Dear Mr. Wizard,
When you cold condition beer in a keg, does it matter whether it is carbonated or not?
Mr. Wizard replies:
I prefer to cold condition after carbonation, because you can aggressively remove yeast by racking the beer from keg to keg without worrying about having enough yeast in the beer at bottling time or having yeast that is too tired to work.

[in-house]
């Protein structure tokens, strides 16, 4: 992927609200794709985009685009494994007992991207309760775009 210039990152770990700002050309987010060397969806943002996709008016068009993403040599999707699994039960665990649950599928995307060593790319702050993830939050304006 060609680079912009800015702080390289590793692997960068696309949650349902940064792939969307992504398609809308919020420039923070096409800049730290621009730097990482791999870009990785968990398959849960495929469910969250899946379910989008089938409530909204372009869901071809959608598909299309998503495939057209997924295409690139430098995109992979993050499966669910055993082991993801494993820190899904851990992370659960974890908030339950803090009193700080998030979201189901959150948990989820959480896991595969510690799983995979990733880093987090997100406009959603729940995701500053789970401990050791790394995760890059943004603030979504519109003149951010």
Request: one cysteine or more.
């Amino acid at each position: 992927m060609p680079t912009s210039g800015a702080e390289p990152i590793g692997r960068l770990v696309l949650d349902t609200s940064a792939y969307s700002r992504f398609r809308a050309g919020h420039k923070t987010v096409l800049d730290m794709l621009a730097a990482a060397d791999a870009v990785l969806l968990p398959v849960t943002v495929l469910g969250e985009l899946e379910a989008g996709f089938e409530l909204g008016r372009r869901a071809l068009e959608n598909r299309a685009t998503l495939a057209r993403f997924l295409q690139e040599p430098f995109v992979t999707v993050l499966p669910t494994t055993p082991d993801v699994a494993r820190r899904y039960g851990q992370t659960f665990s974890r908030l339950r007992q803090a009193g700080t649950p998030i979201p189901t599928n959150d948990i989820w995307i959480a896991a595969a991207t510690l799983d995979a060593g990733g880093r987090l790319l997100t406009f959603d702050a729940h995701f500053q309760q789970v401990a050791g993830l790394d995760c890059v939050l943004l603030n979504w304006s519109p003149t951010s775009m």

The traditional method of lagering, in which the beer is transferred to the lagering tank with some fermentable sugars and healthy, active yeast, gets the carbonation step knocked out in the first few days. The remaining weeks of lagering allow the yeast to mature the beer flavor (by reducing diacetyl, a buttery flavor) and give the beer sufficient time to become very clear. This is the essence of cold conditioning. Some brewers cold condition flat beer before bottling to achieve flavor maturation and clarity. This method works, but the carbonation step must be addressed. Many find it is easiest to use bottled carbon dioxide for carbonation of these beers. The yeast load is very low, and they wish to keep the beer very clear without worrying about the slug of yeast at the bottom of the keg or bottle. Others want to have a naturally conditioned beer and find it easiest to add a small dose of vibrant yeast to the beer at bottling time. Both methods work, and they both have their pros and cons. I happen to like the all-in-one nature of the traditional lager process.
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